Oxford Handbook of Citizenship, Ayelet Shachar, Rainer Bauböck, Irene Bloemraad, and Maarten Vink eds. (2017). Oxford University Press.
21 Pages Posted: 16 May 2017 Last revised: 25 Mar 2020
Date Written: May 13, 2017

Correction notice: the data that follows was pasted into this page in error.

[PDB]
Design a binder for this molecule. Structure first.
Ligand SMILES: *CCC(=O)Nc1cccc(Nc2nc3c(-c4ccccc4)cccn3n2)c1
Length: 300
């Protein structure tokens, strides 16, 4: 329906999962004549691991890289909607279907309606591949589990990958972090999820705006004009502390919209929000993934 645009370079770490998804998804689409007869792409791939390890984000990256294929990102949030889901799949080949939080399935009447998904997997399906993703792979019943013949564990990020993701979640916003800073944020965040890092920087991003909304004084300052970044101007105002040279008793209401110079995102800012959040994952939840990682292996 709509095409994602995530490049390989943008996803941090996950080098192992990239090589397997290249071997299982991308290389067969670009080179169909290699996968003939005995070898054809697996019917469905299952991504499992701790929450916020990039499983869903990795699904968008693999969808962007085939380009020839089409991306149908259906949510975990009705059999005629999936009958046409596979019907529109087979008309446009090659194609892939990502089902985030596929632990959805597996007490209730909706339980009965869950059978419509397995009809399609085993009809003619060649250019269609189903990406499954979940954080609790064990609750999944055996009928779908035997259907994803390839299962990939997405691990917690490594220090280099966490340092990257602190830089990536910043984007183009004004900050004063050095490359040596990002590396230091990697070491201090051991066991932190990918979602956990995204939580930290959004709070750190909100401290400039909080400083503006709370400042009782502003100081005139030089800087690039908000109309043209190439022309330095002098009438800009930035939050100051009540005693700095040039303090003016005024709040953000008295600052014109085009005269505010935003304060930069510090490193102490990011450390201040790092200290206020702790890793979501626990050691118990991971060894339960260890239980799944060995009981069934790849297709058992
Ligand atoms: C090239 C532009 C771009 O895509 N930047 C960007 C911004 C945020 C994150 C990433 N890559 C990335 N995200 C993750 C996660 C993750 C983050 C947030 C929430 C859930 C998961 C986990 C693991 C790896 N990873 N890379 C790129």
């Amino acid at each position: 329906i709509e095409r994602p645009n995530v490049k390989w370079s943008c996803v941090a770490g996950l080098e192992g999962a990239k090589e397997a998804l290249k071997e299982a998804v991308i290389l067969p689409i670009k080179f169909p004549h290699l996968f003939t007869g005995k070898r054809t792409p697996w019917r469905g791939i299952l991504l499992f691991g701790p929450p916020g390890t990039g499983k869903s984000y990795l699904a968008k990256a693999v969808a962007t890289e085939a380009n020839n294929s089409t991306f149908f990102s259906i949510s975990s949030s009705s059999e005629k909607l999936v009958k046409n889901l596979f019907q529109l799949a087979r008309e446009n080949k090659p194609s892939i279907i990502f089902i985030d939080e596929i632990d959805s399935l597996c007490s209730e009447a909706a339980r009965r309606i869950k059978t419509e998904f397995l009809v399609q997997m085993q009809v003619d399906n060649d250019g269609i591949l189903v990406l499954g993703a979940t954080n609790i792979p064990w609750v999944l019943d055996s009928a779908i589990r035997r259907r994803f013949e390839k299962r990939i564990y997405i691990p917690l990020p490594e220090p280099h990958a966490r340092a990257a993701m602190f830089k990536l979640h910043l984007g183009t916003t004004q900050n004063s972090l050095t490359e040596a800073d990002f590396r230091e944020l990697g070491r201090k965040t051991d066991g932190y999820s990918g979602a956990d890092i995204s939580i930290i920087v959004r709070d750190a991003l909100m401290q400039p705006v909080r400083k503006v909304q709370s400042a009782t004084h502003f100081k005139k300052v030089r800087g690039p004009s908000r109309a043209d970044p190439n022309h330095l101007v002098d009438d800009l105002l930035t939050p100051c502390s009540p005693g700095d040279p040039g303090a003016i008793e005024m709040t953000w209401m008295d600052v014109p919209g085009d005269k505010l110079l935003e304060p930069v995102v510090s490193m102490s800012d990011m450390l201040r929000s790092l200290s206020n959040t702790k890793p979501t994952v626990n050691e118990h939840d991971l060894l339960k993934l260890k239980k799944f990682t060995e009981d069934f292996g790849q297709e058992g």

This chapter explores legal and theoretical aspects of naturalization. The first section addresses the ultimate goal of naturalization—what function does it serve?—by presenting three goals: contract, political test, and nation-building. Each goal may lead to a different process of naturalization and raise different ethical questions. The literature does not systematically discuss which goals are legitimate, and which ones are illegitimate. The second section seeks to present three ways to assess the ethics of naturalization—drawing on conceptual and utilitarian grounds. Among the conceptual factors to be considered are the legitimacy of the goals of naturalization according to different conceptions of citizenship (liberalism, republicanism, cosmopolitanism, and communitarianism) and of nationhood (primordial, civic, and cultural). Among the utilitarian considerations are the efficiency of the naturalization criteria in achieving a legitimate goal. The third section moves on to examine three trends in naturalization policy in Western societies—legalization, devaluation, and liberalization (followed by a restrictive turn). It points out that naturalization has been internationalized in the direction of creating a right to citizenship; that citizenship is becoming a ‘commodity’ in the global economy market whose nature is increasingly influenced by economic factors; and that the process of liberalization in access to the status of citizenship is facing a restrictive turn—cultural considerations are becoming more central in naturalization decisions. The chapter concludes by offering new directions for the study of naturalization.
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